Performance anxiety can happen anywhere and for any reason. It’s the stress we heap on ourselves to be the best at everything. You may have had a previous unpleasant experience that is in the back of your mind and is very bothersome, or you’re dreading this event for some reason. It’s our mind’s way of defending us from harm or anything less than what we want to happen. In some cases, you may even be as worried about success as you are about failure. Our minds are powerful weapons that may sometimes play tricks on us, so it’s up to us to maintain a positive focus and conquer any fears we may have about performing well. It’s entirely natural to feel concerned about envy, rejection, disapproval, being abandoned or harmed; our instincts help to protect us from those things in many cases. But, you’ve heard the adage, “no risk, no return!” So, let’s train our minds to be brave and go for the gusto when we’re playing our favorite sports!
Keys to Control
It sounds much more comfortable than it is; however, the number one key to controlling what we fear is to remain calm! Get your mind into a prepared state and give any self-defeating thoughts or images the boot. If you have past negative experiences, set them free from your mind and remain laser-focused on the matter at hand with a calm demeanor. You can’t change what happened, but by making your mind see the positive in this current event, you can kick fears right out of the park! And this is the case in any sport that you play.
It’s a lot like visualization with a few nuances. Sit in a comfy chair in a place where you are alone and quiet. Feet and arms should remain uncrossed and your eyes closed. Pick an item to concentrate on, if you want to keep your eyes open, select an article on the wall or in the room and focus only on that single thing. If your eyes are closed focus on your stomach or chest breathing in and out. The point is to clear your mind of other distractions. If you catch your mind wandering, gently urge your mind back to your focal point. Now, just visualize the best possible scenario in your sport, (and this works in any aspect of your life). Now, what variables or obstacles are in the way that may prevent you from achieving your goal? Defenders, hills, a long swim a pitcher who aims to strike you out, no matter what the obstacles are, remove them in any way you can. Replace any negative thought with a positive one. For example, if you’re thinking, “I just can’t go any further” turn it around and say, “I’ve trained well, I feel good, and I can do this.” It’s reasonable logic, and you are giving yourself positive reinforcement, just like your trainer would if he/she were in your head. It’s not aeronautical engineering; it’s just a matter of mind over matter.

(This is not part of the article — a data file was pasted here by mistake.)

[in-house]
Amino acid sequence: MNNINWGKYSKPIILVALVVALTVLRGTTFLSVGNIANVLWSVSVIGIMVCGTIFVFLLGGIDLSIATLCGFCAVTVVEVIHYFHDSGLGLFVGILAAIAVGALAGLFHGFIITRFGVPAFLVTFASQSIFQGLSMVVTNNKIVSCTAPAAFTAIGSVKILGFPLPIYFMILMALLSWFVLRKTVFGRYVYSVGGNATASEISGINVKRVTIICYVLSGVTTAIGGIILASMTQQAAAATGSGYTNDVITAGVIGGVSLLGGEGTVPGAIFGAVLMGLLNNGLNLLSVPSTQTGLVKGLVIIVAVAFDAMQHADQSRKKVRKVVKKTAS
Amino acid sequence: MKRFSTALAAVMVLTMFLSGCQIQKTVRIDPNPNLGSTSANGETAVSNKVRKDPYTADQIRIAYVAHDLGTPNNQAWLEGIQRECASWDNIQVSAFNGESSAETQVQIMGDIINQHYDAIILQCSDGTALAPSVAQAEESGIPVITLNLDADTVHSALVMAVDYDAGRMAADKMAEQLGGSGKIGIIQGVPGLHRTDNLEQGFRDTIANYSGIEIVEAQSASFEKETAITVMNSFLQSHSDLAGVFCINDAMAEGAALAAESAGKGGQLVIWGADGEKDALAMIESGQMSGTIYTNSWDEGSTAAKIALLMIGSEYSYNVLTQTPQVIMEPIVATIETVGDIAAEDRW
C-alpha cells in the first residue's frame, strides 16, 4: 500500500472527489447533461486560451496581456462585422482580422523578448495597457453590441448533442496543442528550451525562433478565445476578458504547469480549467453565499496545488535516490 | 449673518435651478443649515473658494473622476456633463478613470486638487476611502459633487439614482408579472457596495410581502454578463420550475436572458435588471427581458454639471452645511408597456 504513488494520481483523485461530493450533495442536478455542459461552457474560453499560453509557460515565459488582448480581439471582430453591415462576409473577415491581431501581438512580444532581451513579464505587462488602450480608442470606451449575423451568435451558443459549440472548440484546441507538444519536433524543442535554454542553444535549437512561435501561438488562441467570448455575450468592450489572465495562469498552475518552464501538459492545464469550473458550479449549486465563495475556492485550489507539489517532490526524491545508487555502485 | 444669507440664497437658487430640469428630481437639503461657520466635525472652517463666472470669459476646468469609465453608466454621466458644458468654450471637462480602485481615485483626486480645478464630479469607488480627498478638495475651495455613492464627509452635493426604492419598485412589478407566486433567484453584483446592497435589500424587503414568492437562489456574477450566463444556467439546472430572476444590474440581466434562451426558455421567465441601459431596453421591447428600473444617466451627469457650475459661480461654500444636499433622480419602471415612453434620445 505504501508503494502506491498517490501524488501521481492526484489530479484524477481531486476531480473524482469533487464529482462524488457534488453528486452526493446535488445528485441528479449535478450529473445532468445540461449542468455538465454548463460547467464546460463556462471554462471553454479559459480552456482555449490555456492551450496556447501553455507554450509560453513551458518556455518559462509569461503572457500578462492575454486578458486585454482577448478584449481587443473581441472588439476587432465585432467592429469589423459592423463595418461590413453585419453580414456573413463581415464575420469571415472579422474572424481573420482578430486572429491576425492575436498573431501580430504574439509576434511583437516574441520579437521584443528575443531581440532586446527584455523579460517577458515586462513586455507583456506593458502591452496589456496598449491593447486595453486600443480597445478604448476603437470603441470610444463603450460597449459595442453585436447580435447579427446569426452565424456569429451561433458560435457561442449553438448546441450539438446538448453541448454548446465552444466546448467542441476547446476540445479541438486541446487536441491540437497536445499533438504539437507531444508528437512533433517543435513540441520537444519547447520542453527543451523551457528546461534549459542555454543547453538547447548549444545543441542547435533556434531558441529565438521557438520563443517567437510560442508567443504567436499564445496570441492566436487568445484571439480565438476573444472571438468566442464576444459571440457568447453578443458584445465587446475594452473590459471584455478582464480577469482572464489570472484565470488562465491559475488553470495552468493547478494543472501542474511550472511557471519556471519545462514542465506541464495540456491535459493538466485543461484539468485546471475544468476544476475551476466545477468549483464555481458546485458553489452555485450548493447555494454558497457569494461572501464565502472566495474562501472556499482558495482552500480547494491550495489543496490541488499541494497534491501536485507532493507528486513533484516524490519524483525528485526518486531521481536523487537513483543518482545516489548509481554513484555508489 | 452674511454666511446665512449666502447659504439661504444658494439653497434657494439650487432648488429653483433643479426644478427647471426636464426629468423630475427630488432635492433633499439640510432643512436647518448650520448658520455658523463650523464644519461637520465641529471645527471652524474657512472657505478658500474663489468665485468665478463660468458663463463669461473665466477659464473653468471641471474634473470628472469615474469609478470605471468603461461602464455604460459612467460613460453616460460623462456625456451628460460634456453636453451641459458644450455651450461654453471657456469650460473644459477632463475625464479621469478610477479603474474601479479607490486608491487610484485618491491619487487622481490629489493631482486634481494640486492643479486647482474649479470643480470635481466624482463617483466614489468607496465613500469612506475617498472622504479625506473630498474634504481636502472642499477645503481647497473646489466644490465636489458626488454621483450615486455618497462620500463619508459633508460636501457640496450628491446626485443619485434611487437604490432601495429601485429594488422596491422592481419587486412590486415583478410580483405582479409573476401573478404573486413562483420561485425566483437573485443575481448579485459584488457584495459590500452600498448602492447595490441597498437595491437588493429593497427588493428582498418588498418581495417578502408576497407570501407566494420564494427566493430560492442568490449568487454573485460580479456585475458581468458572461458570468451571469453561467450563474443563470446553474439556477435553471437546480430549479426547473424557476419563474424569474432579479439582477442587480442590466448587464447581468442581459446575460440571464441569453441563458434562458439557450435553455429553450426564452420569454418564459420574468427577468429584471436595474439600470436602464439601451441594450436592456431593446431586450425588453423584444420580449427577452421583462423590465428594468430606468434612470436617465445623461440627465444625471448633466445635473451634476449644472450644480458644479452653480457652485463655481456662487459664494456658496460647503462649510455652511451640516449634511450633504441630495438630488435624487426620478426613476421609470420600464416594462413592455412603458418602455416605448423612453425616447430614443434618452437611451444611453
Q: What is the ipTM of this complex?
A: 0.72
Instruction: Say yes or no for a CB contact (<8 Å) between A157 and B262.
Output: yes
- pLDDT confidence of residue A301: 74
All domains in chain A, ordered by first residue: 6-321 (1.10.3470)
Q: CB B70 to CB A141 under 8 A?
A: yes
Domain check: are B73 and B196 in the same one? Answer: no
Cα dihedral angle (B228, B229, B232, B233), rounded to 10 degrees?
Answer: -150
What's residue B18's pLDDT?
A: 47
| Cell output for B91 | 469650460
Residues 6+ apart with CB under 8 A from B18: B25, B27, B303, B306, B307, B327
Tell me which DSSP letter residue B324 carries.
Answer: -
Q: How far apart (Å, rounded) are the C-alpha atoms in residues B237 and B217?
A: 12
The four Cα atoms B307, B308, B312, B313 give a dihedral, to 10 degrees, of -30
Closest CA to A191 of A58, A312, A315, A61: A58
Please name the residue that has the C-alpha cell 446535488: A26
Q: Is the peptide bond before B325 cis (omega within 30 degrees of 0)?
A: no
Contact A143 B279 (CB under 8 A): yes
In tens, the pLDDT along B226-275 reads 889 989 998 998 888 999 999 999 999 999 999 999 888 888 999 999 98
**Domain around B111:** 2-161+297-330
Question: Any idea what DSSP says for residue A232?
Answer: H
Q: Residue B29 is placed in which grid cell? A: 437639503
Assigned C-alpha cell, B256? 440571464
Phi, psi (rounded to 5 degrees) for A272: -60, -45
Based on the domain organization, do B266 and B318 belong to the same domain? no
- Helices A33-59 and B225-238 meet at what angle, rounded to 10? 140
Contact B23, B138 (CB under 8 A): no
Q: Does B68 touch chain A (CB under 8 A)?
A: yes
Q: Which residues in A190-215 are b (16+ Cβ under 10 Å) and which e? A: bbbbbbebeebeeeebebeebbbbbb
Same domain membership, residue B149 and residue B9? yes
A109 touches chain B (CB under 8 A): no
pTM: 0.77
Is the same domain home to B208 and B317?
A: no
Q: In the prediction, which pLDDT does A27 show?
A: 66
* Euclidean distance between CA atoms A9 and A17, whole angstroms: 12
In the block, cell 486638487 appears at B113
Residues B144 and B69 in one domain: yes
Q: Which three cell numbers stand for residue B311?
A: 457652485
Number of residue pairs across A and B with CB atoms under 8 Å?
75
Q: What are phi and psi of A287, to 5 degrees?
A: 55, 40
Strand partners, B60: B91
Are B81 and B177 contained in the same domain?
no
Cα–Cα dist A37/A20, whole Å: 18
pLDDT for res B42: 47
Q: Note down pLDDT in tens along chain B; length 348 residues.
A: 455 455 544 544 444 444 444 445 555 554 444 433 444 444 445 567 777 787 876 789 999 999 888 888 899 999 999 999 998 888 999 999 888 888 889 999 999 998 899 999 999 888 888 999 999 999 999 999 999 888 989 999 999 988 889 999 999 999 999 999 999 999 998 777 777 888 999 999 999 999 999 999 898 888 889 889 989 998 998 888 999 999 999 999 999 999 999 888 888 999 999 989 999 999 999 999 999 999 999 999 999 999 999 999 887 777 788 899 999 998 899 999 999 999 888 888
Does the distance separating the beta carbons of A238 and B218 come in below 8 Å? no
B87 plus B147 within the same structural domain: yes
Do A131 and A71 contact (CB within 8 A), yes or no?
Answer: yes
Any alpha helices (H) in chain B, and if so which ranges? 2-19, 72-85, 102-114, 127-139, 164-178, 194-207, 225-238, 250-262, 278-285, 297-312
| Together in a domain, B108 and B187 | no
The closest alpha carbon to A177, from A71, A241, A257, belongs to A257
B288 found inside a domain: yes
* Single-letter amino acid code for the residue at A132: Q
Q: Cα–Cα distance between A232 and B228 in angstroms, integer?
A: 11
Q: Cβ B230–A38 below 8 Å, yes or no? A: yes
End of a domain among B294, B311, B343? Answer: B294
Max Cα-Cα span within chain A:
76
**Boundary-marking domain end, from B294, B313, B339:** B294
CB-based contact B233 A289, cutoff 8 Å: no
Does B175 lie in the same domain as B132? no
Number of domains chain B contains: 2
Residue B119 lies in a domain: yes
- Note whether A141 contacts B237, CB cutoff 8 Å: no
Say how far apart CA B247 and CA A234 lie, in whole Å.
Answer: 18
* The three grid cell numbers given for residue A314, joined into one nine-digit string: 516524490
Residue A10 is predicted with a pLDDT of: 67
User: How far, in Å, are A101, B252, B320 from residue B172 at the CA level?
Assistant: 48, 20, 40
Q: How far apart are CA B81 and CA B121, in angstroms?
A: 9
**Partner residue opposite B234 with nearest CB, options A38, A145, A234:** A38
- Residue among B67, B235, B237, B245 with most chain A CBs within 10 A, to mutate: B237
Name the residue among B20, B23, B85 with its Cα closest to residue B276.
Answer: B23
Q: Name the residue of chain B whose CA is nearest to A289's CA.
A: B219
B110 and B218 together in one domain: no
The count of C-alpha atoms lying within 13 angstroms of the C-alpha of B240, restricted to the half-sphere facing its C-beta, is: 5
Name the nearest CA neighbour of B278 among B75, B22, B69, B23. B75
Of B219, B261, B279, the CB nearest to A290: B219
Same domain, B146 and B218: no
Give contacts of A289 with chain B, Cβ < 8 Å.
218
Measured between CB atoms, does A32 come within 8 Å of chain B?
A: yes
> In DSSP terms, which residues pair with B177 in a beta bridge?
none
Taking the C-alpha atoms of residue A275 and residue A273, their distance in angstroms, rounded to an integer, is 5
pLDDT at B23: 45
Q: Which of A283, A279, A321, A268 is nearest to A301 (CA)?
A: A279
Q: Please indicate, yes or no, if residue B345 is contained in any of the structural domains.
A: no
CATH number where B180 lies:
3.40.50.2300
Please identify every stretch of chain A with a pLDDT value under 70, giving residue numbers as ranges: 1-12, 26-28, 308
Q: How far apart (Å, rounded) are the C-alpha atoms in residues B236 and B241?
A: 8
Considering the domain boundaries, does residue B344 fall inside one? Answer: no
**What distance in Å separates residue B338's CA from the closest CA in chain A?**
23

Added Tips for Success
- Keep the focus on you and your job. Don’t compare yourself to others, just do your job the best way you can.
- If you find your mind wandering into past situations, come back to the present. Focus on now.
- It’s okay to leave your goals at home. If you have been visualizing a stellar performance, great. But, at game time, just focus on doing the job well.
- Many athletes report they focus on distractions both before and after the game. Play a mindless game, listen to music, anything that keeps your mind off the impending event.
- Don’t fret over the things you can’t control like inclimate weather, actions of other people or the fact that the ball took a bad bounce. Study the things within your control that is the best you can do.
- Have fun! If you’re always pressing and putting pressure on yourself to always be at your peak performance, it’s not going to be fun, and you end up stressed and unhappy.
Finally, anxiety is normal, and it can also be a motivator. What you need to avoid is allowing it to adversely impact your level of performance. You have probably done everything possible to ensure you are ready for the upcoming event, so give yourself a break and let your positive karma take over and lead you through the game smoothly and at your best performance level.
Before the event, remember it’s okay to be a little anxious, during the game, wear a smile and play like you don’t care about the outcome. After the event focus on what you did well, and how you can improve in the next game, and set your training goals accordingly.
Have you suffered from performance anxiety? Tell us about your experience and how you overcame it to play the game of your life! Don’t let your mind freak you out, let your body do what you have trained it to do, and everything can turn out wonderfully